Lake County Rejects New CSUSA Charter

curriculum plate-413157_1280NOTE: FROM KAREN WEST:  I served on the charter review committee as the “community member” for the second year.  Our strategy was to highlight all the weaknesses in the CSUSA proposal when we presented it to the Lake Cty. School Board in a workshop Sept. 19.  However, we did recommend approval of the application – with strong reservations – knowing that a rejection would then be handled by the appeals committee in Tallahassee which is heavily populated with friends of charter schools.

This vote by 4 of the 5 school board members was a surprise and delight to me!  It may have an impact of the selection of the new superintendent of schools, which will take place after the election of two new school board members.  As a representative of LWVTRI, I serve on that advisory board as well.

Many thanks to Sue M. Legg – chair of the LWVFL Education Committee for providing strong factual information about charter school companies and their financial dealings.

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Lake County School Board members reject application for charter school in Four Corners area

LIVI STANFORD livi.stanford@dailycommercial.com | Posted 12 hours ago

TAVARES – Lake County School Board members rejected an application Monday for a new charter school in the Four Corners area.

Lake Charter Academy would have served grades K-8, beginning with grades K-6 in the first year, according to the Florida Charter Educational Foundation application.

The charter’s application goes on further to state “it will fully enroll students through eighth grade, with a student population totaling 1,145 by year five.”

School Board Chairman Bill Mathias, the lone board member in favor of the school, said he supported the charter because they can build the school much faster and the district incurs no debt.

“It gives much needed relief,” he said.

Lake County School Board members on Sept. 20 rejected the idea of taking on more debt to build new schools in south Lake and to refurbish aging ones countywide.

School Board members voted 3-2, with School Board members Rosanne Brandeburg and Debbie Stivender dissenting, to approve a five-year capital plan without borrowing $25 million or $50 million.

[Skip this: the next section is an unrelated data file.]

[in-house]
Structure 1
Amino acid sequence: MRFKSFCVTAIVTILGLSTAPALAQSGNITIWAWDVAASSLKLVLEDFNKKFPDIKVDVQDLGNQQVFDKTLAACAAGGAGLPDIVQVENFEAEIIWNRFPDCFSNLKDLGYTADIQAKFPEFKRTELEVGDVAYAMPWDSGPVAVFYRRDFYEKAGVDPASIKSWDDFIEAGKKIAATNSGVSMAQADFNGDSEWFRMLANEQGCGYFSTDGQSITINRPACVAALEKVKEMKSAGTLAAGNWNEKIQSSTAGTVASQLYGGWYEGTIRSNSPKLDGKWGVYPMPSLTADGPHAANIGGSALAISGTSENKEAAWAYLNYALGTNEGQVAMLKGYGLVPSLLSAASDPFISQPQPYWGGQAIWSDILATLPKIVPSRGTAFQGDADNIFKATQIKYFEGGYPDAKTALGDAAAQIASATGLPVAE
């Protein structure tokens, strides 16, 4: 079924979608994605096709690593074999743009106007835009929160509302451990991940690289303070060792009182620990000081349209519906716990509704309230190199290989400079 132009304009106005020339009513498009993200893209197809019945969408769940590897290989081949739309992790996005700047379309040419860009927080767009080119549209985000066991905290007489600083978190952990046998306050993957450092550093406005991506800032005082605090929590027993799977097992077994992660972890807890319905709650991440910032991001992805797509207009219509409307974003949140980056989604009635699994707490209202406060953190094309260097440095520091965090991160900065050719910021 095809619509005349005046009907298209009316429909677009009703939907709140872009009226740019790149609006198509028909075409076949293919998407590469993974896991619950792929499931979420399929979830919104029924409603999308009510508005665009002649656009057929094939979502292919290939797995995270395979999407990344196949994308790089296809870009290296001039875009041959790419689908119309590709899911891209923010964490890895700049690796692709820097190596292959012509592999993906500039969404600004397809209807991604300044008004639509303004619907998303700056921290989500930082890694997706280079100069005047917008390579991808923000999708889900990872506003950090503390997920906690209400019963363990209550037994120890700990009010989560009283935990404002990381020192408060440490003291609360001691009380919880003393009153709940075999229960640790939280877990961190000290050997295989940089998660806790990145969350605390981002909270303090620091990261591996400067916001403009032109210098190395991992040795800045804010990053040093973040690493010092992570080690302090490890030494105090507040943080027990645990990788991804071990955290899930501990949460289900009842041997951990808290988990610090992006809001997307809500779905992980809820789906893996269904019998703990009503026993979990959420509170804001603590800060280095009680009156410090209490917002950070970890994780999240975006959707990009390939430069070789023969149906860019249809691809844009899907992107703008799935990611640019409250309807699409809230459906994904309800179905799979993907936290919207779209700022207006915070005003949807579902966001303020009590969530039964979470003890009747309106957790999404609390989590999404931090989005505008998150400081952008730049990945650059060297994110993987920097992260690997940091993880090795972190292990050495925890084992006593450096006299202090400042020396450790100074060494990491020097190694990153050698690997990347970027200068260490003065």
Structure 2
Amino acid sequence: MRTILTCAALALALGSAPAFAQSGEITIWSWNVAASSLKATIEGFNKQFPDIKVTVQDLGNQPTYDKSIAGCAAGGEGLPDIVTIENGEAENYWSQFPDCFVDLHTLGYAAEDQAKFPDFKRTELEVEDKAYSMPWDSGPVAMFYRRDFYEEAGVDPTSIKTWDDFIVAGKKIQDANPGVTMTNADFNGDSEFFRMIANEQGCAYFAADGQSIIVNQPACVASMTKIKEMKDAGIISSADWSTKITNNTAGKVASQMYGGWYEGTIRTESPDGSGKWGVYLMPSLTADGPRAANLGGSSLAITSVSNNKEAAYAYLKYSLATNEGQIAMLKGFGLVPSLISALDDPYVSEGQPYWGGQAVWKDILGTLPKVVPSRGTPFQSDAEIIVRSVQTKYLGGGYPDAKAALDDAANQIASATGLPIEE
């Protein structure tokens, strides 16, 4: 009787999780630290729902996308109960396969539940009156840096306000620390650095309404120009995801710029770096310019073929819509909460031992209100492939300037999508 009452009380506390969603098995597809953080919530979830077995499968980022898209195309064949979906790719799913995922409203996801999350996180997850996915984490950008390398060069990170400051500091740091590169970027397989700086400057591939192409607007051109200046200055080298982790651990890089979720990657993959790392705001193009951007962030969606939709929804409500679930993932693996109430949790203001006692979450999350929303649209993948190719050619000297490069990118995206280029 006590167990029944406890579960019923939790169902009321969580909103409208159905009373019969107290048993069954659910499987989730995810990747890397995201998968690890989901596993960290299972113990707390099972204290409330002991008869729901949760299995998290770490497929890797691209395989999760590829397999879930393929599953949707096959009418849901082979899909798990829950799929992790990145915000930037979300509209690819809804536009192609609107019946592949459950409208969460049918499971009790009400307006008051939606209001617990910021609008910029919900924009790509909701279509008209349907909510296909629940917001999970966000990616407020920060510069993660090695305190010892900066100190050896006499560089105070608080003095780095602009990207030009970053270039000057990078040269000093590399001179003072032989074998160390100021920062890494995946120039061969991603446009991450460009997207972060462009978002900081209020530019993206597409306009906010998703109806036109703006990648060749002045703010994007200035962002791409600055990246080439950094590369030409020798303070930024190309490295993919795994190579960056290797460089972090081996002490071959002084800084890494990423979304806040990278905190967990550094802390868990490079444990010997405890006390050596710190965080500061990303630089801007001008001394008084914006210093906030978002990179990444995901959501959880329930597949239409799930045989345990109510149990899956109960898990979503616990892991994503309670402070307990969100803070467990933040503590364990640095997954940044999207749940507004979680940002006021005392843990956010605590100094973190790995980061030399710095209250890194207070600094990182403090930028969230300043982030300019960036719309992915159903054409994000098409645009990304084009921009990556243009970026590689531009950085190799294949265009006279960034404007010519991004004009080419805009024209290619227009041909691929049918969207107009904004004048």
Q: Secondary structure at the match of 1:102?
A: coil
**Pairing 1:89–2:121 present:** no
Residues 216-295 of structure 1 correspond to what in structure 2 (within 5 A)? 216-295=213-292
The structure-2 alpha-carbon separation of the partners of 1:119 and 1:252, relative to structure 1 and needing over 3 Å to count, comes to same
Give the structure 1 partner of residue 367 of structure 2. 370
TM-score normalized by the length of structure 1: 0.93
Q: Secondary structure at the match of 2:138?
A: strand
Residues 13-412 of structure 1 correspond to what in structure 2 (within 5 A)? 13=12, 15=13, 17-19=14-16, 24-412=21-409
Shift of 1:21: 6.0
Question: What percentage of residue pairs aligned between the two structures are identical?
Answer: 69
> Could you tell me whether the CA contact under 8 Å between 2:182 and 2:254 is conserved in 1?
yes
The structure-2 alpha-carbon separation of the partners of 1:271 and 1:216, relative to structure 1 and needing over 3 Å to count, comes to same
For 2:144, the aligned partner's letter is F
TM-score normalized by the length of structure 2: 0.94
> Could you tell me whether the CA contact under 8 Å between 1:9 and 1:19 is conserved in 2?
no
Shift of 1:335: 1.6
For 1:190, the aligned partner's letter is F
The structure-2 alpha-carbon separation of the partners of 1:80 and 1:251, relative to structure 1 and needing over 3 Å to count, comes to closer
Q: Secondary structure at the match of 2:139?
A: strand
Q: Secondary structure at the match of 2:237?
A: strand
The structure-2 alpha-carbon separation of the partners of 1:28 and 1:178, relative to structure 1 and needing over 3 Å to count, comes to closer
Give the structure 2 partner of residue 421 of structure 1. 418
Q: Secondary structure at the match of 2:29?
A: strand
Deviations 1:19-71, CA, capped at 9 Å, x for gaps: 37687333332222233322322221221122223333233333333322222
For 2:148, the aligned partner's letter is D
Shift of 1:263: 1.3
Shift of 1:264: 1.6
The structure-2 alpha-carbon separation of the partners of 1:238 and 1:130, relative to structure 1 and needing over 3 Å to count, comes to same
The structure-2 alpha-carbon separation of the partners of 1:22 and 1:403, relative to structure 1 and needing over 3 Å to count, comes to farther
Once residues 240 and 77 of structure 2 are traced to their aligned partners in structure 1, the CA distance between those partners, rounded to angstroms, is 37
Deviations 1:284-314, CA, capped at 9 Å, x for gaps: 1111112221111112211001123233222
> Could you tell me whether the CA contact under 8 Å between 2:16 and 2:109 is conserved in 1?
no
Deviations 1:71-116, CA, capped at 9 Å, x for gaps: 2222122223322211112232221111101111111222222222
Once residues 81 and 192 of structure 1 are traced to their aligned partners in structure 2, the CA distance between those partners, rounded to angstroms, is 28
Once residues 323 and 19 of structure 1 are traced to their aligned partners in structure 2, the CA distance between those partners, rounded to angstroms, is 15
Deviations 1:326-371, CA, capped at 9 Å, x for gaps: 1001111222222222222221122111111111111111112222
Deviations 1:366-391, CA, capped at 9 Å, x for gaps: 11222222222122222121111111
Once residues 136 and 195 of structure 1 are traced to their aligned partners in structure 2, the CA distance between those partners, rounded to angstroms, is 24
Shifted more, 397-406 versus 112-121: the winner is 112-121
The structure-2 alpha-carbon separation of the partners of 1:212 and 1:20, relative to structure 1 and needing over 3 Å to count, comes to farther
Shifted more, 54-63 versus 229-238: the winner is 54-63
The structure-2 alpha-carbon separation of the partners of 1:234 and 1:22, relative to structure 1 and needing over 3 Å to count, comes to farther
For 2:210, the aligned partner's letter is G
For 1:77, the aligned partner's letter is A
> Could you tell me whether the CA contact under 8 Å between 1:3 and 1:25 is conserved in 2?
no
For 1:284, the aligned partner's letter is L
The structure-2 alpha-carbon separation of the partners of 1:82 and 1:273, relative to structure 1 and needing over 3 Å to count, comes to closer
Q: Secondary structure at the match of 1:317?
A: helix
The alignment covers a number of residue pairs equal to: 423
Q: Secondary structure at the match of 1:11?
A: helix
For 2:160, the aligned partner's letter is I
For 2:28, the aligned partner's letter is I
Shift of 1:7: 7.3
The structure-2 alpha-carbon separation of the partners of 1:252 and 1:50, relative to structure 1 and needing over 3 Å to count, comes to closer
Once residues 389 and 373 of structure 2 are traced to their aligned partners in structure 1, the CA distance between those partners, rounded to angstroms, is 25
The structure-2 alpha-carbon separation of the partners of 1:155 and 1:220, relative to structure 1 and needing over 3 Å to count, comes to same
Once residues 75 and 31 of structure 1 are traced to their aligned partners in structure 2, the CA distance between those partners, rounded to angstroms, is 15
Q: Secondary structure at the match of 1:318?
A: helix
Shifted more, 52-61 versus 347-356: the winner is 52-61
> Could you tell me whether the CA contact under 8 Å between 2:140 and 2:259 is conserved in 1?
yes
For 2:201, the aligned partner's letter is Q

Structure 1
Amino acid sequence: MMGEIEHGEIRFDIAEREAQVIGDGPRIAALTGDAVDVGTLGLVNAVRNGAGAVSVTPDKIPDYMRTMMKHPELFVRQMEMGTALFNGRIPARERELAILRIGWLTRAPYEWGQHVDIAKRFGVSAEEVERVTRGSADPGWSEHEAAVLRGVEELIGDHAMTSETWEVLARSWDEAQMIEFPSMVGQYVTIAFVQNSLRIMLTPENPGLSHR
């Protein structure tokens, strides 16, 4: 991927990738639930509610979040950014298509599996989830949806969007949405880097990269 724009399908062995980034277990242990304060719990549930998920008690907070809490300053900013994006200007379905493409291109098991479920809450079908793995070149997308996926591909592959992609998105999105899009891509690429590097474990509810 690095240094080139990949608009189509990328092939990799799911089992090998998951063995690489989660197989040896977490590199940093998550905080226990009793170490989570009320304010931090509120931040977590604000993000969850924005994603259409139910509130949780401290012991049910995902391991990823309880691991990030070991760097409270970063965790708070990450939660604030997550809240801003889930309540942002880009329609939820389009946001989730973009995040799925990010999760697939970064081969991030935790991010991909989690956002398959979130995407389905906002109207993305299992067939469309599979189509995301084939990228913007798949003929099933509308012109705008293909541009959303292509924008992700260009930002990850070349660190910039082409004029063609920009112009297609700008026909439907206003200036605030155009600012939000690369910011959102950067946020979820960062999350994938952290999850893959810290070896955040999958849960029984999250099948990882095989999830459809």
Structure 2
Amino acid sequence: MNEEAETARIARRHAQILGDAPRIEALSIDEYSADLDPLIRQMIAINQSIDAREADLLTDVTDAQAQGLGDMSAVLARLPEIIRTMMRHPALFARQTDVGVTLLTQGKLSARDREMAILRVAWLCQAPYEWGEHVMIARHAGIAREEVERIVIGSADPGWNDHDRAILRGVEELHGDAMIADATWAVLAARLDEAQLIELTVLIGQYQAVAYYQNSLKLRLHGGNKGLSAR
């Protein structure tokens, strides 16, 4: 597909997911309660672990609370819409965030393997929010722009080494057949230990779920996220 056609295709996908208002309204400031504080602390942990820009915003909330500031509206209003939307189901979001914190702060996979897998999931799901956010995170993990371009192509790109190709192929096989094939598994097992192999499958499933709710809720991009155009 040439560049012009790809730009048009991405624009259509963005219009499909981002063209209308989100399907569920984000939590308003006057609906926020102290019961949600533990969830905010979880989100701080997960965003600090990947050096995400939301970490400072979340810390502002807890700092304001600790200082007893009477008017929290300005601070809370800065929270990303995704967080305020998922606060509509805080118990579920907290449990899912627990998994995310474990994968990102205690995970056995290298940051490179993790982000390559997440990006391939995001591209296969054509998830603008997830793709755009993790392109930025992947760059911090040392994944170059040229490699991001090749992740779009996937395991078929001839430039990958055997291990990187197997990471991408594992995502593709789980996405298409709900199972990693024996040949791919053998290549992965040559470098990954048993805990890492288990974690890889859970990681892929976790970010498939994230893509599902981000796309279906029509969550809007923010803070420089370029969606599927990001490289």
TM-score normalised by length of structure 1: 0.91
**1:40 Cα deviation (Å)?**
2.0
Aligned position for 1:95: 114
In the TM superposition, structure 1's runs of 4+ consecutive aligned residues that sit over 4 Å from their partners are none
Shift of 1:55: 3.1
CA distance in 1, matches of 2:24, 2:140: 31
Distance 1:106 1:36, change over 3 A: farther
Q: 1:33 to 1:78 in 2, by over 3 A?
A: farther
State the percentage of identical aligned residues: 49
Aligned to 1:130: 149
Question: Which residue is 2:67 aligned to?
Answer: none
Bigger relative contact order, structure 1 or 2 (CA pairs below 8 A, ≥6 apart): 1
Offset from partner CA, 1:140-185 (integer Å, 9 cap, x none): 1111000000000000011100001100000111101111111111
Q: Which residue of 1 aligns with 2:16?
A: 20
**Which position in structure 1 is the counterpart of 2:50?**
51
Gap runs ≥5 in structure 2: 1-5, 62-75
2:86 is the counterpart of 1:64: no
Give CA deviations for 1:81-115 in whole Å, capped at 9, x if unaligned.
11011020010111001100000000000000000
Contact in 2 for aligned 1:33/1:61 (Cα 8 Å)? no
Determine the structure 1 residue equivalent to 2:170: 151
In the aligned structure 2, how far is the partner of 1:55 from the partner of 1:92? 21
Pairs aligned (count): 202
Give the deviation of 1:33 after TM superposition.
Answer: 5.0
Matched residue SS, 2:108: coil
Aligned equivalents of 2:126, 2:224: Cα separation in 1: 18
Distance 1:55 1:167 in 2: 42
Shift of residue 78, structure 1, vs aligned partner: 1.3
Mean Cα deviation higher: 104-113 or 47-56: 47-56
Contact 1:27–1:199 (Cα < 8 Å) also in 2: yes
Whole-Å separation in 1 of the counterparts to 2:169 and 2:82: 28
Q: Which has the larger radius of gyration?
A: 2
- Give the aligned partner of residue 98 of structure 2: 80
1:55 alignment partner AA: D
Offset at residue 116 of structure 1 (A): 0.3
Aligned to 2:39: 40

The option School Board members voted for allows them to build a K-8 co-campus, including an elementary and middle school in the Four Corners area by 2021.

There have been persistent concerns that growth will continue to cause problems for the district.

“The most recent Florida Inventory of School Houses (FISH) reports show that of the 44 Lake County elementary, middle, senior high, or combination facilities in the county, over a quarter of them exceeded 88 percent of their FISH capacity” the charter school application stated.

Lake Charter Academy will “help alleviate these overcrowding issues by expanding capacity, which will support all schools in the area to better serve Lake County’s growing population,” the application stated.

The Charter School Review Committee approved the charter 15-2, with some reservations.

Those reservations included transportation issues, as there is only bus, and academics and school grades showing poor performance in Florida Charter Education Foundation Schools.

School Board member Marc Dodd shared those concerns.

“The academic performance of the school overseen by the governing board do not represent the academic performance of all Charter USA schools,” (the parent company of the Florida Charter Educational Foundation), he said.

Indeed, according to an interview school district officials had with representatives from the Florida Charter Educational Foundation, they acknowledged two of the schools earning a ‘C’, one a ‘D’, another receiving an ‘A” and a final one receiving an ‘I’.